Sugars are simple carbohydrates. Based on the chemical structures, they can be divided into two types - monosaccharides (single sugar molecule, such as glucose, fructose and galactose) and disaccharides (two single sugar molecules bound together, such as maltose, sucrose and lactose). Like all carbohydrates, sugars are a source of energy. Regardless of the type (white, raw or brown, honey or corn syrup), each gram (g) of sugar can provide about 4 kilocalories (kcal) of energy.


Sugars are found naturally in food, such as fruit, grains and dairy products. However, sugars are also added during the preparation and processing of a wide variety of food and beverages as flavour enhancers, preservatives or bulking agents. The amounts of added sugars can vary greatly. For example, yoghurts may contain anything between 0 to 20% sugars, jams and other preserves include about 60% sugars. Most chocolate and confectionery are high in sugars. Many canned products and savoury processed foods also contain significant amounts of sugars.

Added sugars provide 'empty calories' because they do not contain any nutrients. On the other hand, the natural food sources of sugars not only provide sugars as calorie sources, but also other nutrients such as vitamins, minerals and dietary fibre.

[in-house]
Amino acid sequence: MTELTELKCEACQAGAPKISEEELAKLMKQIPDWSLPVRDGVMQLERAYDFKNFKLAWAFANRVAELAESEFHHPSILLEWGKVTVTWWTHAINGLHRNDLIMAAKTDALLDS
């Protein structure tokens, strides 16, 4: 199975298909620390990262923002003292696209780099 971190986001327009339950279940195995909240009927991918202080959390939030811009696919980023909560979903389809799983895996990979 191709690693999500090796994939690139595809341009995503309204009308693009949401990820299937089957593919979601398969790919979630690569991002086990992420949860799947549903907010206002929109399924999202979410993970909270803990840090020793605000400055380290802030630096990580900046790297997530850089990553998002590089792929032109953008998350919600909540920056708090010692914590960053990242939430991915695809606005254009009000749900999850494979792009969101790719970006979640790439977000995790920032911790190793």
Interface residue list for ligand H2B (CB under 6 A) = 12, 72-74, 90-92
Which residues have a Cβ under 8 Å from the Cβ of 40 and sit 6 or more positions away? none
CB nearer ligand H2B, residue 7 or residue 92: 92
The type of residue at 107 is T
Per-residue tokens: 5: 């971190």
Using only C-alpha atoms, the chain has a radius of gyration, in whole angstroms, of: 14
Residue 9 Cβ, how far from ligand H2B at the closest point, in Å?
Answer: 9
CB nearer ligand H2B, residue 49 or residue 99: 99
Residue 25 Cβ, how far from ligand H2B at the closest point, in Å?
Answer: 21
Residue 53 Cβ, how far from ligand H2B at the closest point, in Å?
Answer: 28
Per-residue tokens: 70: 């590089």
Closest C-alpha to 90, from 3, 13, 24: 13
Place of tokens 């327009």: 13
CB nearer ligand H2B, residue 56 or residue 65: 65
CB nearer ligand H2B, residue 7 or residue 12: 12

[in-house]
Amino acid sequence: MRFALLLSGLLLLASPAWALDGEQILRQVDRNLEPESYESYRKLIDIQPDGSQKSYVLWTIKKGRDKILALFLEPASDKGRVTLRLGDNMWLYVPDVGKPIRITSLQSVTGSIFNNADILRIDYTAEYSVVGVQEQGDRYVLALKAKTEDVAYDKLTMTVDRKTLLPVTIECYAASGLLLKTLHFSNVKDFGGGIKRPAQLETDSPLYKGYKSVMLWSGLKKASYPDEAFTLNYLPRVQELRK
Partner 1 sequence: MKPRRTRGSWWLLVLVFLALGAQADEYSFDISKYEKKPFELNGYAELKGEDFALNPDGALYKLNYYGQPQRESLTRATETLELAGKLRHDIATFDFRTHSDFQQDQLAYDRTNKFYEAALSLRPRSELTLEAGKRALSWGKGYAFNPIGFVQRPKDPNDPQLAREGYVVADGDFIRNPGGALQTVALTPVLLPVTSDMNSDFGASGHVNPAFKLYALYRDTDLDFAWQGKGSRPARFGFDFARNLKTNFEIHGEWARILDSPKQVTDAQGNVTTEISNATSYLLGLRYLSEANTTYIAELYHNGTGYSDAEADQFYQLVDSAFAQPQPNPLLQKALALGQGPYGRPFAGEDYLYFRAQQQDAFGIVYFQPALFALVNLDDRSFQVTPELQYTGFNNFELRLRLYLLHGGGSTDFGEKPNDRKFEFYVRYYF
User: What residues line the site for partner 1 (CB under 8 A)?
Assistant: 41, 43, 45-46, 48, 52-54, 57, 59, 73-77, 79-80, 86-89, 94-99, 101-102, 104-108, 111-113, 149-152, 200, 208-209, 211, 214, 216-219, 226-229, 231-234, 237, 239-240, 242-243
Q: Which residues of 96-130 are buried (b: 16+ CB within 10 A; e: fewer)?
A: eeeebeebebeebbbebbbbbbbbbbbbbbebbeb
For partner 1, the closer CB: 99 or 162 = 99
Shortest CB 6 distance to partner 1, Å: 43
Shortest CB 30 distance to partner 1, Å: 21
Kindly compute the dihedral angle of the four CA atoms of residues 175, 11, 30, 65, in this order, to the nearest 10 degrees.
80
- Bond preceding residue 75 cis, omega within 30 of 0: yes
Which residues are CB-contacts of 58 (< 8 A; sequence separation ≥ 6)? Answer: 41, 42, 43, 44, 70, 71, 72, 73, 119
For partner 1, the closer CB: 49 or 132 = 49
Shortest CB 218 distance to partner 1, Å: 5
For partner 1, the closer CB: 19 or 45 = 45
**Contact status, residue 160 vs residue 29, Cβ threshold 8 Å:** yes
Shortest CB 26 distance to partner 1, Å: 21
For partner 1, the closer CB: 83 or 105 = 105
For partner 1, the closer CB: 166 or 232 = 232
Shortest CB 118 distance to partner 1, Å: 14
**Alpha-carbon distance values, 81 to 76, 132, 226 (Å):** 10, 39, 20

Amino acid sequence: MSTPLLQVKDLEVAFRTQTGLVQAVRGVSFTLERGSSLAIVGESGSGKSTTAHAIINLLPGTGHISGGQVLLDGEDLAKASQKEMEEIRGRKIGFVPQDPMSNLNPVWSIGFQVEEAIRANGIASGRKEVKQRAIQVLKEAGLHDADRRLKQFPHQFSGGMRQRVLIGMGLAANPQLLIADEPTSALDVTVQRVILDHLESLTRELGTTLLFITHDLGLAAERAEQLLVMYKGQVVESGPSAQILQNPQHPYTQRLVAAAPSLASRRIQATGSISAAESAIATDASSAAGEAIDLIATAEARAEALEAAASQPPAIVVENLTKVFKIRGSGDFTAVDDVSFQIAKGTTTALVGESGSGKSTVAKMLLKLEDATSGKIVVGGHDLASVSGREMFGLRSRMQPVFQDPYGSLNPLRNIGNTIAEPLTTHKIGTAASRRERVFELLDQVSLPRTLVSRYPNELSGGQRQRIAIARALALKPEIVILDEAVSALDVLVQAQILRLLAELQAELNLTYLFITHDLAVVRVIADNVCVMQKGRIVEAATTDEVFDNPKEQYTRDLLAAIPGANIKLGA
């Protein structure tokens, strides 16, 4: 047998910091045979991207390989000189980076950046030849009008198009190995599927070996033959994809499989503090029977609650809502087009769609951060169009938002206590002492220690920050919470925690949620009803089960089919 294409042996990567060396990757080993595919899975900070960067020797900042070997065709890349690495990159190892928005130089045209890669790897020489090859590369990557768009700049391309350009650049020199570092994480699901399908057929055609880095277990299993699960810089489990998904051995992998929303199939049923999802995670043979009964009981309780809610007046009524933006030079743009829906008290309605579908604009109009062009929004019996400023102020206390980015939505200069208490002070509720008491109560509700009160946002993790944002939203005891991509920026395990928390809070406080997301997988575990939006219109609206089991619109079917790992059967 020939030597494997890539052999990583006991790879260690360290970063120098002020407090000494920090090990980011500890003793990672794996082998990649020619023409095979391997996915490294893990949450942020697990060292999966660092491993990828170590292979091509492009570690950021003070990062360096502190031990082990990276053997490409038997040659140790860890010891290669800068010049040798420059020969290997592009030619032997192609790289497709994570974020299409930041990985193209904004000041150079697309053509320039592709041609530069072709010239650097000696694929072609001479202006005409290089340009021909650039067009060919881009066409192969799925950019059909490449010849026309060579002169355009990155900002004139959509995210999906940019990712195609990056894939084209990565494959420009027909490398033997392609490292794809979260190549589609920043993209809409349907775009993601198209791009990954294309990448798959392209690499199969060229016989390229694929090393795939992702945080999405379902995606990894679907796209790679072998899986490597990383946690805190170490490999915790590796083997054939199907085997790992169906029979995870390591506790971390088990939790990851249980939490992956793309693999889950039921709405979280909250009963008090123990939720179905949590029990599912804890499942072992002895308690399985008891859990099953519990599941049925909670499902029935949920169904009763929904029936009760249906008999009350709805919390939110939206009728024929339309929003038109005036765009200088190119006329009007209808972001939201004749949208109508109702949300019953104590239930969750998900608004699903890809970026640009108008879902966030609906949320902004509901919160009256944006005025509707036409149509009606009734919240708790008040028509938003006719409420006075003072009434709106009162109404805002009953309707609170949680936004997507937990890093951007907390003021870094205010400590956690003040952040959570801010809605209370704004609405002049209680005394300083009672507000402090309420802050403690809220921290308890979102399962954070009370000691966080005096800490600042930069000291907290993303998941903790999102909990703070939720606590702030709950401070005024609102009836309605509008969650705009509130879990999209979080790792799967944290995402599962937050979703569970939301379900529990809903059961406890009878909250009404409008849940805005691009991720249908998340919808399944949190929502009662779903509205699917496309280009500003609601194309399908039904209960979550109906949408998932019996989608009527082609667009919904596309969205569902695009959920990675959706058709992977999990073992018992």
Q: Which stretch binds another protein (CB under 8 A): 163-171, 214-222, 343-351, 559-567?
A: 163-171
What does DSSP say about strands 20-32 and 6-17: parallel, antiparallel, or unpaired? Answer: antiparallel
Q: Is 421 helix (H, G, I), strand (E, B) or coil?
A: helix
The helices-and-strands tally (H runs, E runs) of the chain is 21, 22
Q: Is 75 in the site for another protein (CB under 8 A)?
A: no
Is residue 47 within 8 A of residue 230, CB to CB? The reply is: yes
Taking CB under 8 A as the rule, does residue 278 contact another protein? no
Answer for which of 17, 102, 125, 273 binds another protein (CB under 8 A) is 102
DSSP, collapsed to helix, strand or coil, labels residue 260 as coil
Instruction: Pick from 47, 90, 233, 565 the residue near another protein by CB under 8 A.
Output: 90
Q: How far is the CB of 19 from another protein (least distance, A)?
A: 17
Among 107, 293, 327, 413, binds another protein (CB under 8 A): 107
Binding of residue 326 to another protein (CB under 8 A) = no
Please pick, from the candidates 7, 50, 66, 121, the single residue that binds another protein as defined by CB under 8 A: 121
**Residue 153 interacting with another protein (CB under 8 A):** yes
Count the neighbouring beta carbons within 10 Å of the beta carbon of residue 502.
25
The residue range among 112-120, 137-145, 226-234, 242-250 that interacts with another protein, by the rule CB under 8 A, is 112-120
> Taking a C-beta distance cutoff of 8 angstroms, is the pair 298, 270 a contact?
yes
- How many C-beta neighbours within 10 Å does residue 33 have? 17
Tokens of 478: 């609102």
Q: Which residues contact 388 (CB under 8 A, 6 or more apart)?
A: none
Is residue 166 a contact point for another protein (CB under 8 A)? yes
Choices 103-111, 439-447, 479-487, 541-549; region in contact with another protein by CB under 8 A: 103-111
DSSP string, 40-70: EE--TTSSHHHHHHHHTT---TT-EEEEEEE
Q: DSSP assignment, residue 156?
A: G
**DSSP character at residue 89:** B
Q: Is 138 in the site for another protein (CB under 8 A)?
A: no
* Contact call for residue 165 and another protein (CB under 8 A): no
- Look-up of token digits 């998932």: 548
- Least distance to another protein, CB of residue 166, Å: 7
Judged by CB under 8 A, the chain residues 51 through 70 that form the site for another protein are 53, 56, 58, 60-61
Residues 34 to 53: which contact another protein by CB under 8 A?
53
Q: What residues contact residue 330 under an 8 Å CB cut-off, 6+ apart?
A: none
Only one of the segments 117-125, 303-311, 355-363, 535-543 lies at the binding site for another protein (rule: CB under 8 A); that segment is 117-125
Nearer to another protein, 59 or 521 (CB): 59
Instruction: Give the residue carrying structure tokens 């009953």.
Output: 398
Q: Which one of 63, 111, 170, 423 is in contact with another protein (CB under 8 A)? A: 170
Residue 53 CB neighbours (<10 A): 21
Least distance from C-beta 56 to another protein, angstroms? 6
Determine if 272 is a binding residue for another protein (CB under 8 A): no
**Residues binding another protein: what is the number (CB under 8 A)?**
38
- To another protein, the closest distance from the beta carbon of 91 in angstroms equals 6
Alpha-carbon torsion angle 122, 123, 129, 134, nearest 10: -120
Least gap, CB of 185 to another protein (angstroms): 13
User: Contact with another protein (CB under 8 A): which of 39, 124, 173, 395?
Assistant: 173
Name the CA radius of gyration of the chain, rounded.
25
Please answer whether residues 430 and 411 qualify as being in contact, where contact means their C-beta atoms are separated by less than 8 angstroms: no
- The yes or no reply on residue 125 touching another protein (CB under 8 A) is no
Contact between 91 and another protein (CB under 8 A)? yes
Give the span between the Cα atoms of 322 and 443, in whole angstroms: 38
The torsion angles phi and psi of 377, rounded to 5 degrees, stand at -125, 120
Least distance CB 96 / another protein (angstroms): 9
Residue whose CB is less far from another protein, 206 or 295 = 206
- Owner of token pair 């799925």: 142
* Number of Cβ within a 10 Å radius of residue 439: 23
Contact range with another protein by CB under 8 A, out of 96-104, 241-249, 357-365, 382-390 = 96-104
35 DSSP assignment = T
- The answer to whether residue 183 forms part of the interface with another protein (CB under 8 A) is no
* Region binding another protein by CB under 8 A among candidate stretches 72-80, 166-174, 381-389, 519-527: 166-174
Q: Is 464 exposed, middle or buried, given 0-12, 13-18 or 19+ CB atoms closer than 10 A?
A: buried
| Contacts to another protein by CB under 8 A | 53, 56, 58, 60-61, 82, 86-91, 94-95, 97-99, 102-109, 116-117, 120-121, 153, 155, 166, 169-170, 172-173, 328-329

There is no dietary requirement for sugars. The World Health Organization (WHO) and the Food and Agricultural Organization (FAO) of the United Nations recommend that healthy people should limit sugar intake to less than 10% of total energy each day. Thus, for example, people consuming 2 000 kcal a day should eat no more than 50 g (about 10 teaspoons) of sugars a day (including sugars naturally present in honey, syrups and fruit juices or sugars added to foods).

Health Alert

Excess intake of sugars can lead to weight gain and other health issues including tooth decay.

Practical Tips for Reducing Sugar Intake

Sugars are placed at the "Eat the Least" level at the top of the Food Pyramid. They should be taken in small amounts. Here are some suggestions for keeping your sugar intake in check:



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